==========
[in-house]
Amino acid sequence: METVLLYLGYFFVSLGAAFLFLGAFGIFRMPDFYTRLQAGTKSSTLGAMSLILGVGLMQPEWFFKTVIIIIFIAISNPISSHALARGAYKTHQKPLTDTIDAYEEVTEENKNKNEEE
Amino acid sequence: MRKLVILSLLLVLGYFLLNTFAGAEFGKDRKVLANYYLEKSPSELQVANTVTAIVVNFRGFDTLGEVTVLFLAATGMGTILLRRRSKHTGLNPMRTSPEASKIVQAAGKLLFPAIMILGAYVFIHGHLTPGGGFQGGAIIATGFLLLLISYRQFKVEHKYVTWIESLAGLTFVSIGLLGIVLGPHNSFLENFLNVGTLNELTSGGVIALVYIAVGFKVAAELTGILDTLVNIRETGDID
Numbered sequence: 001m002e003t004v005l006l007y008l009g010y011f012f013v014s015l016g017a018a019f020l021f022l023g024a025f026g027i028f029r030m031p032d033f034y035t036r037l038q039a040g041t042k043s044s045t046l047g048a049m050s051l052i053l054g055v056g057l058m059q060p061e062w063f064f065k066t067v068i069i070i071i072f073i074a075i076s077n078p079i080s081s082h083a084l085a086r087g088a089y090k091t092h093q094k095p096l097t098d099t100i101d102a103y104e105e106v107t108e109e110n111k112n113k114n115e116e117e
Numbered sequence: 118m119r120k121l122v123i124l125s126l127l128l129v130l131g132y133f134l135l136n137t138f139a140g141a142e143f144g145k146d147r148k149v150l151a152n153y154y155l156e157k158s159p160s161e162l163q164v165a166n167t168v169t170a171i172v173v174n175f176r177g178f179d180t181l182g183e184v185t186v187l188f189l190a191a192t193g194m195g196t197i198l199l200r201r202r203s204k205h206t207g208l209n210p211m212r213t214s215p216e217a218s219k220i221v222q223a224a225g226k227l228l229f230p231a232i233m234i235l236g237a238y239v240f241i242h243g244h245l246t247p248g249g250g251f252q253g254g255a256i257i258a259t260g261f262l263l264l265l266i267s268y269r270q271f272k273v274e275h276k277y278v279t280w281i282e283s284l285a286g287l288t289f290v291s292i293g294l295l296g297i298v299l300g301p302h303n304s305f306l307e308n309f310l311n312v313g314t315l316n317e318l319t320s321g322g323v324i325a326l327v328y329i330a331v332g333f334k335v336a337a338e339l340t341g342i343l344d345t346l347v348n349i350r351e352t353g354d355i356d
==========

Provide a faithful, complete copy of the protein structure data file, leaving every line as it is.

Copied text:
[in-house]
Amino acid sequence: METVLLYLGYFFVSLGAAFLFLGAFGIFRMPDFYTRLQAGTKSSTLGAMSLILGVGLMQPEWFFKTVIIIIFIAISNPISSHALARGAYKTHQKPLTDTIDAYEEVTEENKNKNEEE
Amino acid sequence: MRKLVILSLLLVLGYFLLNTFAGAEFGKDRKVLANYYLEKSPSELQVANTVTAIVVNFRGFDTLGEVTVLFLAATGMGTILLRRRSKHTGLNPMRTSPEASKIVQAAGKLLFPAIMILGAYVFIHGHLTPGGGFQGGAIIATGFLLLLISYRQFKVEHKYVTWIESLAGLTFVSIGLLGIVLGPHNSFLENFLNVGTLNELTSGGVIALVYIAVGFKVAAELTGILDTLVNIRETGDID
Numbered sequence: 001m002e003t004v005l006l007y008l009g010y011f012f013v014s015l016g017a018a019f020l021f022l023g024a025f026g027i028f029r030m031p032d033f034y035t036r037l038q039a040g041t042k043s044s045t046l047g048a049m050s051l052i053l054g055v056g057l058m059q060p061e062w063f064f065k066t067v068i069i070i071i072f073i074a075i076s077n078p079i080s081s082h083a084l085a086r087g088a089y090k091t092h093q094k095p096l097t098d099t100i101d102a103y104e105e106v107t108e109e110n111k112n113k114n115e116e117e
Numbered sequence: 118m119r120k121l122v123i124l125s126l127l128l129v130l131g132y133f134l135l136n137t138f139a140g141a142e143f144g145k146d147r148k149v150l151a152n153y154y155l156e157k158s159p160s161e162l163q164v165a166n167t168v169t170a171i172v173v174n175f176r177g178f179d180t181l182g183e184v185t186v187l188f189l190a191a192t193g194m195g196t197i198l199l200r201r202r203s204k205h206t207g208l209n210p211m212r213t214s215p216e217a218s219k220i221v222q223a224a225g226k227l228l229f230p231a232i233m234i235l236g237a238y239v240f241i242h243g244h245l246t247p248g249g250g251f252q253g254g255a256i257i258a259t260g261f262l263l264l265l266i267s268y269r270q271f272k273v274e275h276k277y278v279t280w281i282e283s284l285a286g287l288t289f290v291s292i293g294l295l296g297i298v299l300g301p302h303n304s305f306l307e308n309f310l311n312v313g314t315l316n317e318l319t320s321g322g323v324i325a326l327v328y329i330a331v332g333f334k335v336a337a338e339l340t341g342i343l344d345t346l347v348n349i350r351e352t353g354d355i356d